Ever wanted to listen to something without anyone around you hearing it? While you certainly could go with a pair of headphones, there’s something that just seems that much cooler about using a parametric speaker instead.
I always enjoy checking out the TokyoFlash design blog for new modern watch concepts. Sure, many of them are impractical, some of them are hard to read, but for the most part, they look pretty cool, like this concept design called Raitosho.
Here’s a cool hack which uses an old oscilloscope to play an accurate game of the arcade classic, Tetris.
Engineer Lars Pontoppidan created Scopetris using an AtMega32 micro-controller to drive the beam of an oscilloscope to mimic the game play of the classic Soviet puzzle game.
These ceiling mounted speakers from Holosonic Research precisely direct a beam of sound so it can only be heard if you’re standing directly inside the focused area they project.
Their square Audio Spotlight speakers easily mount in place of standard 2′ x 2′ ceiling tiles and project a perfectly focused tunnel of sound towards the people standing beneath them.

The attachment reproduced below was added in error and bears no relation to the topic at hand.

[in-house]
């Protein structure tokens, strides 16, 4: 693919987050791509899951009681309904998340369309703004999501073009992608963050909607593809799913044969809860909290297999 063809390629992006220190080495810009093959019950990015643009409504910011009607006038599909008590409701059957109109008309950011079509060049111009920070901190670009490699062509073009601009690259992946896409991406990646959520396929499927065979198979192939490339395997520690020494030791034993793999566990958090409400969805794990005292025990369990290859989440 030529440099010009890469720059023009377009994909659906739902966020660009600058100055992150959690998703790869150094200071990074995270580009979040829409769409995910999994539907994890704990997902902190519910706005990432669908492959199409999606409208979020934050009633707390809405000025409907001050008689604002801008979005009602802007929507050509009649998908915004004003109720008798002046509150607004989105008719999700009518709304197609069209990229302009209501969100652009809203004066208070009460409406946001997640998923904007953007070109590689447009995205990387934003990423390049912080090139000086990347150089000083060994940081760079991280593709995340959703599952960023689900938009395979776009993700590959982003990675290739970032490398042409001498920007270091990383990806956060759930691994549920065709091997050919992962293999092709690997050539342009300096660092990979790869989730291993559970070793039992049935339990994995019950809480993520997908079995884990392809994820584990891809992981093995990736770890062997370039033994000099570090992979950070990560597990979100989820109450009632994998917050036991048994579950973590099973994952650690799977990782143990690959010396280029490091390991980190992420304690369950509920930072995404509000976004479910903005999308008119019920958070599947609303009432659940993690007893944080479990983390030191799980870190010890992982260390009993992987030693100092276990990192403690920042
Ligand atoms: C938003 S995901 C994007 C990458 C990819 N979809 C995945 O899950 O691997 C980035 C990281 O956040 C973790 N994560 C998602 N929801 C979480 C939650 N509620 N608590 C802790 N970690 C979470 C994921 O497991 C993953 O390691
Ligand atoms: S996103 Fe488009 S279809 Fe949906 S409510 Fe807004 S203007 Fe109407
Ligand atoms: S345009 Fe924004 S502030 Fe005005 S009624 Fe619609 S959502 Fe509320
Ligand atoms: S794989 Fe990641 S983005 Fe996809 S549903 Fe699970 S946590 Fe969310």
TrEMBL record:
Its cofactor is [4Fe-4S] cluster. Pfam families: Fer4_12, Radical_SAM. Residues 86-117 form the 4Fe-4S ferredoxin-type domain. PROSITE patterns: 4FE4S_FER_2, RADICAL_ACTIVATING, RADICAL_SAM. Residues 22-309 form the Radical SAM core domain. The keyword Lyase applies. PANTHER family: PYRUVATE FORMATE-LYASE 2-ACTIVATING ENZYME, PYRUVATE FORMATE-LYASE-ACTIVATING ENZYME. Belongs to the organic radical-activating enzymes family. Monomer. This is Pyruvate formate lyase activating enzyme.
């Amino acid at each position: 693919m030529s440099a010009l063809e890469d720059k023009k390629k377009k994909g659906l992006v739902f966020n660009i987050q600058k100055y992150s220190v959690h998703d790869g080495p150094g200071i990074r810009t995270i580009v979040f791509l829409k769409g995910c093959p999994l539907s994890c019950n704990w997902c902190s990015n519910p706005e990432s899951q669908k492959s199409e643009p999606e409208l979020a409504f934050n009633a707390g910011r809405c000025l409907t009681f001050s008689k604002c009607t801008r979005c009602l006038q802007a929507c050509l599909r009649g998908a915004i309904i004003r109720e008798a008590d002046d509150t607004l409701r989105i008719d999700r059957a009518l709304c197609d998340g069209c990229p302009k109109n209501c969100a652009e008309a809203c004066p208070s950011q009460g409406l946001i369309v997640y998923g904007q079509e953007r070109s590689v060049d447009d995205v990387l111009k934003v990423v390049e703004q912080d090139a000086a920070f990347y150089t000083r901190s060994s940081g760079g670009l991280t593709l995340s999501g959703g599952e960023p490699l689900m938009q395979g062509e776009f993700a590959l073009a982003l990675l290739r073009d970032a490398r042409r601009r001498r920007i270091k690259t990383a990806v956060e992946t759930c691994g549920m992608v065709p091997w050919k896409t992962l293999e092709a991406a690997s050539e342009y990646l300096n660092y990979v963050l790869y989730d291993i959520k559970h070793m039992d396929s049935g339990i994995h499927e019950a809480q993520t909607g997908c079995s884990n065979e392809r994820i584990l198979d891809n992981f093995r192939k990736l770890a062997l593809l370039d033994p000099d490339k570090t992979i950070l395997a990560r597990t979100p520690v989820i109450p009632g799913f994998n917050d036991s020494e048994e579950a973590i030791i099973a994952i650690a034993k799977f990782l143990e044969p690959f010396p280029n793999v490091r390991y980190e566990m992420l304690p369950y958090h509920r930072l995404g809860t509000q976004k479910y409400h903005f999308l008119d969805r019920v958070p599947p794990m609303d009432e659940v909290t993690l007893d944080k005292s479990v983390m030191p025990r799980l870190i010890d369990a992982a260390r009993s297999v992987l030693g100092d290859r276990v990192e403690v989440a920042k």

I’ve seen some interesting hackjobs in my day, but nothing quite like this. Builder Harold Ilano has built himself a little robotic insect from the remnants of an old Sony Playstation console.
Harold’s Mercury BEAM Robot was scavenged from a variety of junk parts, but an old PlayStation console was the primary contributor, giving the ‘bot its two motors and other internals that keep it chugging along.
This portable LED flashlight is the perfect source of illumination for reading maps or other documents in you car without disturbing the driver. The compact Auto LED provides a bright, sharp-edged beam, keeping light focused only on its intended target.
The light stores and charges conveniently in your 12-volt cigarette lighter socket, putting it to good use if you’re a non-smoker.